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HISTORY

Timeline

1814:
James Wright Jr. and James Mifflin build this three-story Federalist style townhouse.
1822:
Christian Haldeman purchases the property. Joseph Cottrell and Manus Holbrook open a tavern and hotel, The Mansion House.
1841:
Christian Haldeman dies in the house. The house is purchased by William Atkins for his residence.
1852:
Gerhardt Brandt purchases the property, again, as a hotel: The National House Hotel. Brandt rents the corner of the property to Solomon & Daniel Detwiler. It becomes Detwiler Brothers Bank.
1860:
Solomon Detwiler buys the entire property and moves his residence into the remaining portion.
1864:
As part of the National Bank Law, the Detwilers charter their bank with $100,000 capital. The First National Bank of Columbia becomes the 371st bank chartered in the USA.
1897:
Solomon dies, leaving the property to his wife, Mary Catherine. His son, Horace, assumes management of the bank.
1915:
Mary Catherine dies, leaving the property to the children, Horace and Effie, both remain living in the home.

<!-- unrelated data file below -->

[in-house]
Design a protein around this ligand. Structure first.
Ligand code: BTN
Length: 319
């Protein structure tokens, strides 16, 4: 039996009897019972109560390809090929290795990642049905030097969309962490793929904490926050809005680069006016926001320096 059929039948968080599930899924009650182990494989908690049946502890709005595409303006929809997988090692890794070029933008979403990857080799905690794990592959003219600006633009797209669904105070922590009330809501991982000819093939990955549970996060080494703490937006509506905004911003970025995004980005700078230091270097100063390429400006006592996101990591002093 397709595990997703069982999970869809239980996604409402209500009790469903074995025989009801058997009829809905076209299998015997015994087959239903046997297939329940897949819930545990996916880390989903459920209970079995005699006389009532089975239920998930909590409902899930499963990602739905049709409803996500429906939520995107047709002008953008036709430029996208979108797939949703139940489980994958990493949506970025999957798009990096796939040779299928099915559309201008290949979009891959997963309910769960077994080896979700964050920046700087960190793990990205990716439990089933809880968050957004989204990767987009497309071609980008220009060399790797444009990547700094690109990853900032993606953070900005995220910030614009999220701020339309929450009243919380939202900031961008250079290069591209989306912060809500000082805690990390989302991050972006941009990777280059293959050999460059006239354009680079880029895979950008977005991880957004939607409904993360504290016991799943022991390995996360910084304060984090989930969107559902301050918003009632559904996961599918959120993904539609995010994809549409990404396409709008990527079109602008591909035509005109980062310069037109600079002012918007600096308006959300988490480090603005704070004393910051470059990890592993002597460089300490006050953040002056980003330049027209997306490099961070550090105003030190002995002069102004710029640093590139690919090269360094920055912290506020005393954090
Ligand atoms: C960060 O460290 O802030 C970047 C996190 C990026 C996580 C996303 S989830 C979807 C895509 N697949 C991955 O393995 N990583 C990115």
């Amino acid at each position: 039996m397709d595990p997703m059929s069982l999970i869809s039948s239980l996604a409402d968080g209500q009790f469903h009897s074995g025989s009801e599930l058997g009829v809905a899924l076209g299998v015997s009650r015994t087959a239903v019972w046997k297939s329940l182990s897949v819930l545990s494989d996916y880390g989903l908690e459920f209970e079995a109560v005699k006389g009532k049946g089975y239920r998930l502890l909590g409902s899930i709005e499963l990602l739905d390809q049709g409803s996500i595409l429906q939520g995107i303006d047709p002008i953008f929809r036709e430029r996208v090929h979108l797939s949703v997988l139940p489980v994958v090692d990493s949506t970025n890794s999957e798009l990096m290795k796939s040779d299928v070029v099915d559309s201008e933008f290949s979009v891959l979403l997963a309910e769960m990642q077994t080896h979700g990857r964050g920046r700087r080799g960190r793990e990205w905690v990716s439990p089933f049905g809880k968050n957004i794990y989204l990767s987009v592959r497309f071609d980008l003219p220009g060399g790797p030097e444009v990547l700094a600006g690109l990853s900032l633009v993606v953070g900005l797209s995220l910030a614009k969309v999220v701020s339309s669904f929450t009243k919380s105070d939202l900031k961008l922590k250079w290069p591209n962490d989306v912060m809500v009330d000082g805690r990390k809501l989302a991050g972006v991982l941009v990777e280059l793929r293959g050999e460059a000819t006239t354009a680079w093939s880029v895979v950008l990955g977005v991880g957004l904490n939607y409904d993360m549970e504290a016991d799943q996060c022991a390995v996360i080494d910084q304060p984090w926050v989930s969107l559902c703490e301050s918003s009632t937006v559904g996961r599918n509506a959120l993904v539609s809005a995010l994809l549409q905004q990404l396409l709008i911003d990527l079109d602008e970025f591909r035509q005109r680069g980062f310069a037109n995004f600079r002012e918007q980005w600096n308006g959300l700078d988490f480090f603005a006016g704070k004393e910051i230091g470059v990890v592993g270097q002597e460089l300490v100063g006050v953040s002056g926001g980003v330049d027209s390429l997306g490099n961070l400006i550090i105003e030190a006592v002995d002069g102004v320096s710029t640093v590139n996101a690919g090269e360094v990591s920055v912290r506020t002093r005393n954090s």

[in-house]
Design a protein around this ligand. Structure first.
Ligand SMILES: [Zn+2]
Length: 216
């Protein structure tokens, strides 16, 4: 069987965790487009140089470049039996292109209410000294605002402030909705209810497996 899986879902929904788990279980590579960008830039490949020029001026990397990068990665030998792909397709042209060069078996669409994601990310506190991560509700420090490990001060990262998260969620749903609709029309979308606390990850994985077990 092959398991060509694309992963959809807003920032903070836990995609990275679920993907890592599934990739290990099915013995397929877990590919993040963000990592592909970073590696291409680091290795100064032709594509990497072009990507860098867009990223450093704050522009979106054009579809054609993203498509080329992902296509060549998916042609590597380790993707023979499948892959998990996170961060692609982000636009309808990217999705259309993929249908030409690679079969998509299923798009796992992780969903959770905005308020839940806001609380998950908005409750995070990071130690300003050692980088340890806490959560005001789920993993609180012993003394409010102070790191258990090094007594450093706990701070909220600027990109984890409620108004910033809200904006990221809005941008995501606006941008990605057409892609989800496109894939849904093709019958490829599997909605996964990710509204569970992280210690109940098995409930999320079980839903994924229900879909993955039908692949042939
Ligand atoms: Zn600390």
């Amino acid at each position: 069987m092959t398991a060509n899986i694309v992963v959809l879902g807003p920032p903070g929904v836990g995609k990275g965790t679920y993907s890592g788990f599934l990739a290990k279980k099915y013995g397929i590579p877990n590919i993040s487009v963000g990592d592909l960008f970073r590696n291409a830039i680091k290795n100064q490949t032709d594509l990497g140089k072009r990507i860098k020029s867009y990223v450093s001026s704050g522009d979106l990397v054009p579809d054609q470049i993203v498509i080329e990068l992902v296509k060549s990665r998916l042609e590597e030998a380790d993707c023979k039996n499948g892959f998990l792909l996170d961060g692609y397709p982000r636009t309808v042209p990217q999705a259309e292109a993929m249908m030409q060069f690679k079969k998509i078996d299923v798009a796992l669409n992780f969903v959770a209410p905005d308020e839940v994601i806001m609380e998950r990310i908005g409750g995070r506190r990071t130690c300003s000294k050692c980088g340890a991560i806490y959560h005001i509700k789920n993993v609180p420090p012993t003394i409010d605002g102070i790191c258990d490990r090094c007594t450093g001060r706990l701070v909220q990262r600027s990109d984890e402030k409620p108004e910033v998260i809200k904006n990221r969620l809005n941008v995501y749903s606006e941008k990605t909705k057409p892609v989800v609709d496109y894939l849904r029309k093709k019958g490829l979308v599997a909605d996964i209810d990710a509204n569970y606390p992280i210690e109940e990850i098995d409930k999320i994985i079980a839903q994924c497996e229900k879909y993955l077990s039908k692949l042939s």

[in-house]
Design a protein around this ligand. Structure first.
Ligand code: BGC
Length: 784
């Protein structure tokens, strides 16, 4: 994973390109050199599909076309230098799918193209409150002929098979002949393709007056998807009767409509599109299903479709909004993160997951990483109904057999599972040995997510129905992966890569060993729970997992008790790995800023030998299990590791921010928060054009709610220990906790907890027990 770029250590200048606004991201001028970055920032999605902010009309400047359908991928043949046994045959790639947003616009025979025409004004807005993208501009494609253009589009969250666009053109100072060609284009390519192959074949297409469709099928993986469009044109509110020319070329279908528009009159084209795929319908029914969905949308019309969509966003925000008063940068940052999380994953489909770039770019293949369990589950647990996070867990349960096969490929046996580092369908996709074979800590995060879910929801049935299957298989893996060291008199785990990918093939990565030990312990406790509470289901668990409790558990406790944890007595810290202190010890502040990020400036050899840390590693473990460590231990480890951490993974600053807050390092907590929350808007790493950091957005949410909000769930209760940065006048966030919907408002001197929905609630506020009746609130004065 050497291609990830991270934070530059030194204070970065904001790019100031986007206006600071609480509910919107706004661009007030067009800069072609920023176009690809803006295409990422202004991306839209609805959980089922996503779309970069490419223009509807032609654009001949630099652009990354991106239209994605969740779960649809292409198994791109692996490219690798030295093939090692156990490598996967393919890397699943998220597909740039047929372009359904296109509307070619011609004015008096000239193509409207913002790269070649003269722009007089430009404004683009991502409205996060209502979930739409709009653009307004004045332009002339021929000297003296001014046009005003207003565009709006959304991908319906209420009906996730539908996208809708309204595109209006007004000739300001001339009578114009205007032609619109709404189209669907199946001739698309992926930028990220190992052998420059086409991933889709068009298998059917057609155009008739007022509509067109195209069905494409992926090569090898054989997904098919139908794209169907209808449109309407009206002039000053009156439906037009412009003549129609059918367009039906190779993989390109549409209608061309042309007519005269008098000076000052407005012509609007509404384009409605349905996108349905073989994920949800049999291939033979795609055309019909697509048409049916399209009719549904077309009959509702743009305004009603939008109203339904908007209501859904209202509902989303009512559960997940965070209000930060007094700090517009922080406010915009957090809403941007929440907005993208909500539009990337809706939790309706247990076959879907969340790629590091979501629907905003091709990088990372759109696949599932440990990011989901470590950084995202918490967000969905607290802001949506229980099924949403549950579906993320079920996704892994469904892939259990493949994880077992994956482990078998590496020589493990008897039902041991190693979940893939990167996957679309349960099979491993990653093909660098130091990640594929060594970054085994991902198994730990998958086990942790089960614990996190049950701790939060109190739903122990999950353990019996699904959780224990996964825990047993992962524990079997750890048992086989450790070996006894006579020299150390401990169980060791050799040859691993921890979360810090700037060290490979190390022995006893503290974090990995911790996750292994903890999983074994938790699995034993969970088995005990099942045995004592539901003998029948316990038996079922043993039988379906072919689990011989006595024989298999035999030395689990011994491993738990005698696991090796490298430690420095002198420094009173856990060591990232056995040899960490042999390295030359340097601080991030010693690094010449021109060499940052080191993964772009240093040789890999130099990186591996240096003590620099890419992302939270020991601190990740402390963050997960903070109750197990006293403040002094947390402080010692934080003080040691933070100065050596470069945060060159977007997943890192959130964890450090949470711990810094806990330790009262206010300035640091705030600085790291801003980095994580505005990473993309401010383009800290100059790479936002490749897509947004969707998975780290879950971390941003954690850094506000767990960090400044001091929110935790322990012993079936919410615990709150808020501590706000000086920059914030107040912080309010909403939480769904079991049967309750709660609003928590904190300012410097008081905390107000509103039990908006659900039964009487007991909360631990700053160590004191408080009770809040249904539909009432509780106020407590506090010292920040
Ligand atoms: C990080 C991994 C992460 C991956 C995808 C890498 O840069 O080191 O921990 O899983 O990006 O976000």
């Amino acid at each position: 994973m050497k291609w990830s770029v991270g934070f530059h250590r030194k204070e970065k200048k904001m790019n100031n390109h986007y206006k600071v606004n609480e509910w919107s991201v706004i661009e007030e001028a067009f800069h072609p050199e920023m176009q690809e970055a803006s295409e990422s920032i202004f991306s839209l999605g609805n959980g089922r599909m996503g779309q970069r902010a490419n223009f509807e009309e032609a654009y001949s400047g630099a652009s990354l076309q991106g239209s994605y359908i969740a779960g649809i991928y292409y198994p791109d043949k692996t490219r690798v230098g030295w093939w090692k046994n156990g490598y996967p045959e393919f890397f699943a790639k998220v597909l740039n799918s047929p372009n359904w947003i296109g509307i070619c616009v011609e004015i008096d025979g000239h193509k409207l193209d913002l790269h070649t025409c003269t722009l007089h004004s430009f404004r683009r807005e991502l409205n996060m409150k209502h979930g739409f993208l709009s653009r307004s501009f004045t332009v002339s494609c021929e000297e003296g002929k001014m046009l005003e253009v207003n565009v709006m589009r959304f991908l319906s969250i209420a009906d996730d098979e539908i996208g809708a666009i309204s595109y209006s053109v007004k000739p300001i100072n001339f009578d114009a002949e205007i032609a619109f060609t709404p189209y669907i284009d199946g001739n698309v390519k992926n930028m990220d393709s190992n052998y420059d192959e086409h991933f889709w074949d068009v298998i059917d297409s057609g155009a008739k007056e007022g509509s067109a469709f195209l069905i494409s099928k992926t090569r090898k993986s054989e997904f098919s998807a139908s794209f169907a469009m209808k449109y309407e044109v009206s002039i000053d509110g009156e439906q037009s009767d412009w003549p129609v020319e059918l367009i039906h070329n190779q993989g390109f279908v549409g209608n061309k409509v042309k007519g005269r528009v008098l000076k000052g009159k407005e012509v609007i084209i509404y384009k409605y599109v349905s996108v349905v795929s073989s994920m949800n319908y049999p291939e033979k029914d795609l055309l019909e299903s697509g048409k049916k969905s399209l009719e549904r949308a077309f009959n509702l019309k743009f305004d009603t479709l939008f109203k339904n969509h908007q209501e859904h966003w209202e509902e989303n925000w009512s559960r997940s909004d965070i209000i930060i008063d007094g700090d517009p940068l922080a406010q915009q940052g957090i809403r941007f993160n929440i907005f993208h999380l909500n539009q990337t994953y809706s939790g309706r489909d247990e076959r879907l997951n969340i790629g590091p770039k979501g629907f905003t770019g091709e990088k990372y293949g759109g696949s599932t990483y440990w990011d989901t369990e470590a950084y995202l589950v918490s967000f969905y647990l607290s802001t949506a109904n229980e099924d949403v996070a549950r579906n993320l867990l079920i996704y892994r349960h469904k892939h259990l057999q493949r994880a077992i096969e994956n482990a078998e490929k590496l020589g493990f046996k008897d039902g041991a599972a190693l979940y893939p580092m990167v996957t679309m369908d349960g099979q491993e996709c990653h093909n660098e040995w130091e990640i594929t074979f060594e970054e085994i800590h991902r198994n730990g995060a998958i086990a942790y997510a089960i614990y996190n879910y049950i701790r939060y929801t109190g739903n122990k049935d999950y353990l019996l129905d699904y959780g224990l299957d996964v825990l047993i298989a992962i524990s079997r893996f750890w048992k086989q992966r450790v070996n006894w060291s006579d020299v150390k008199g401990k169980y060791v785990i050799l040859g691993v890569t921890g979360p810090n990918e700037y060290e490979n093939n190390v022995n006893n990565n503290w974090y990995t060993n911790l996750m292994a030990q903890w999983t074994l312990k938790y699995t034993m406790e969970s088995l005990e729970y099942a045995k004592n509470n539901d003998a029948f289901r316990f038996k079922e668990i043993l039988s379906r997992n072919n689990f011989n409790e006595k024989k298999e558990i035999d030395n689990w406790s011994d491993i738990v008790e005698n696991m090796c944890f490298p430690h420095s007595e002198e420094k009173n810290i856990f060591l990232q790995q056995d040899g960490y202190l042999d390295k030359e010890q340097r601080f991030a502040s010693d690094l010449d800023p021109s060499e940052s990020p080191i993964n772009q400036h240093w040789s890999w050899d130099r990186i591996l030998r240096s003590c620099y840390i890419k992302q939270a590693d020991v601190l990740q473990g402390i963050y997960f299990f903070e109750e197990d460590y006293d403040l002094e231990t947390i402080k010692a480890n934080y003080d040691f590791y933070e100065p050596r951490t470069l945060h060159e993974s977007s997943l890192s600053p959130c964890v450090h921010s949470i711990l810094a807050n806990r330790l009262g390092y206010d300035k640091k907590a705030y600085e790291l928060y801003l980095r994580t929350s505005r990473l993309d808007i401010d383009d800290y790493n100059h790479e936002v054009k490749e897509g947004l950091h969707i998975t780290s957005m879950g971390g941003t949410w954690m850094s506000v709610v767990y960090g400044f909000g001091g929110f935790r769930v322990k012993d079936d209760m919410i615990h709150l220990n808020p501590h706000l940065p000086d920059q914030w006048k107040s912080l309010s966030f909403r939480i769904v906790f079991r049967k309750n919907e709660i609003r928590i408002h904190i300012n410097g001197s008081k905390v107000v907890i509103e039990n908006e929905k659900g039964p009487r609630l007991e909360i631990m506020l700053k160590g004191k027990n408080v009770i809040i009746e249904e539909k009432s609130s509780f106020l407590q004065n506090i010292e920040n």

1917:
FNB of C merges with Columbia National Bank, becoming First-Columbia National Bank. This bank moves up the street to 229 Locust Street.
1925:
Effie offers the Columbia Women’s Club the corner portion of property to establish the new home for The Columbia Free Public Library.
1938:
Horace dies, leaving his share of the property to Effie.
1954:
Effie dies, leaving the property to The Columbia Free Public Library.
1958:
Lloyd & Jean Motter purchase the property from The Columbia Free Public Library.
1961:
The Library moves to its newly built facility on Sixth Street.
1967:
The Motters restore the bank and re-open it as The First National Bank Museum.
1997:
Upon the deaths of Lloyd & Jean Motter, their daughter, Nora, and husband, Michael Stark, purchase the property and, to this day, manage and operate the museum, continuing the restoration. 

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170 Locust Street
Columbia, PA 17512
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